Should You Put Dish Soap in the Dishwasher? A Pro Weighs In.

published Jun 3, 2023
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Cleaning Gone Wrong graphic with image of side view of dishwasher, open, full of dishes
Credit: Leszek Glasner/Shutterstock

Dishwashers are incredibly convenient and useful — especially after a long day, when the last thing you would want to do is spend time standing over the sink scrubbing dirty dishes. Unlike hand-washing, dishwashers don’t require the same cleaning agent to get this task done efficiently. If you’ve ever attempted running a cycle using dish soap (maybe you ran out of dishwasher detergent) or have ever tried a dish soap DIY to create the equivalent of a dishwasher pod, then you know that this creates a sudsy, foaming mess. 

Why Dish Soap Doesn’t Work in a Dishwasher

Dish soap, much like hand soap and bar soap, relies on bubbles and suds to clean, according to Justin Carpenter, cleaning expert and owner of Modern Maids. On the other hand, dishwasher detergents or pods are concentrated formulas that contain specific cleaning agents, chemical compounds, and/or enzymes specifically made for working in a dishwasher. These dissolve with hot water, releasing their formula during the cycle to get your dishes clean from food, hard water, and other stains. 

On the contrary, dishwasher pods and detergent should not be used to hand-wash dishes, as they can not only cause skin sensitivities, but the concentrate also may make it more difficult to rinse your dishes (a job water jets in a dishwasher excel at). 

In addition to the damage to your appliance, dish soap can create a huge mess in your kitchen, leaving behind a sticky and cloudy residue on your floors, counters, cabinets, or stainless steel exteriors.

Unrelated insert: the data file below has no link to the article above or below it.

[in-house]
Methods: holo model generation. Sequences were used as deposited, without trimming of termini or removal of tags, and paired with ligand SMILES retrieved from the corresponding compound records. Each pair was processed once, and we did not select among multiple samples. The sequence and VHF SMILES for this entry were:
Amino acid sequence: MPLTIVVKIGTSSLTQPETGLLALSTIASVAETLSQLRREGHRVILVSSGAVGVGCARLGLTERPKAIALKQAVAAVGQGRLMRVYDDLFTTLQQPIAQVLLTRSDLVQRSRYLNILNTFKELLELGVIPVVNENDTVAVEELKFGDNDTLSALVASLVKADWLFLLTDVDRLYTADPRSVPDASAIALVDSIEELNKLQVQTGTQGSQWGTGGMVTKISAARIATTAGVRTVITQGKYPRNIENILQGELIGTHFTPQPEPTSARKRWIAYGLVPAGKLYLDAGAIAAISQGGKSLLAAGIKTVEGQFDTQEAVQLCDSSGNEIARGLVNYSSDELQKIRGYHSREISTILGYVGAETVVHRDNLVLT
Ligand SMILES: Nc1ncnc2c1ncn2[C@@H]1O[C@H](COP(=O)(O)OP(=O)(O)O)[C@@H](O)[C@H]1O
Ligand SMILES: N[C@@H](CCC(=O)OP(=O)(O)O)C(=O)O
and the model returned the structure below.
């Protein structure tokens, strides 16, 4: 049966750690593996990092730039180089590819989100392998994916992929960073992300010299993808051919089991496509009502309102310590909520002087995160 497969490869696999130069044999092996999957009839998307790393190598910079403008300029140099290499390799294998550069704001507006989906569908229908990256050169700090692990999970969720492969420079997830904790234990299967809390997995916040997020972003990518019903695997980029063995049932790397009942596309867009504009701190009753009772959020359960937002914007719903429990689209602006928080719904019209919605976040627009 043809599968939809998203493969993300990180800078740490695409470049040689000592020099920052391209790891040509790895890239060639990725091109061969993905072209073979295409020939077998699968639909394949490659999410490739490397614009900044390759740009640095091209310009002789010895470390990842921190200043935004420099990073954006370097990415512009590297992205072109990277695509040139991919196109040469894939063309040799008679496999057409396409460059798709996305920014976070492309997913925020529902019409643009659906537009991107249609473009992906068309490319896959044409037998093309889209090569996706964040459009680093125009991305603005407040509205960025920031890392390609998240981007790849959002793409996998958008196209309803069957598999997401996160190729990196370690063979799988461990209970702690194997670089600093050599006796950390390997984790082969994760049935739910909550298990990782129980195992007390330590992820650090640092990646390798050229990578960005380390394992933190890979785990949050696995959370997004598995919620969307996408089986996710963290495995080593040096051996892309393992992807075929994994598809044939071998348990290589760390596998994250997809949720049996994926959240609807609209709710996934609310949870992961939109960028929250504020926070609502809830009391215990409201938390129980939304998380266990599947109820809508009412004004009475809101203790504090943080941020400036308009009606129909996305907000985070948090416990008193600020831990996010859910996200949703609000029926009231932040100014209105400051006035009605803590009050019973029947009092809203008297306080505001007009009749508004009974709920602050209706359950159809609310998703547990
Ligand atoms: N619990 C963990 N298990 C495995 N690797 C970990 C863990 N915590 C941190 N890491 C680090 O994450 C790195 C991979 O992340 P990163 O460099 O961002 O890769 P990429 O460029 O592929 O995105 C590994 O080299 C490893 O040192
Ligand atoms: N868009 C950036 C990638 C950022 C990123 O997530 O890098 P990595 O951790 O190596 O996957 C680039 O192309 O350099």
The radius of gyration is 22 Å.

“Using dish soap or even too much detergent can be bad for your dishwasher,” says Carpenter. “Excess suds can damage the internal parts of the machine and cause the washer to malfunction, making it less efficient or even completely unusable.”

How to Remedy This Issue

If you did make the mistake of adding dish soap to your dishwasher, Carpenter says there are simple solutions to fixing this problem and getting your dishwasher back to its normal function. First, he recommends wiping the excess from the edges and corners of the dishwasher with a damp cloth and then running an empty cycle (or two) on the hottest cycle to get rid of the suds and any additional soap residue. 

“If your dishes still have soap residue after you’ve done this, try using a rinse aid to help reduce the amount of soap residue after each wash cycle,” says Carpenter. “Finally, be sure to check the water hardness in your area and adjust the amount of detergent you use accordingly.”

Alternative Dishwasher Detergents

Whether you want to give a homemade dishwasher detergent a try, or you prefer cleaning products made with natural and non-toxic ingredients, making your own dishwasher detergent is simple and may cost just a fraction of store-bought dishwasher detergent or pods. Carpenter recommends the following ingredients to create your own dishwasher detergent so you never have to reach for your dish soap bottle (accidentally or not) again.

Mix all ingredients into an airtight container, such as a Mason jar, and store in a cool, dry place. Depending on how heavily soiled your dishwasher load is, you can use one to two-and-a-half tablespoons of this mixture in the detergent compartment. Carpenter also recommends adding a small bowl of vinegar to each load to neutralize odors and loosen food particles.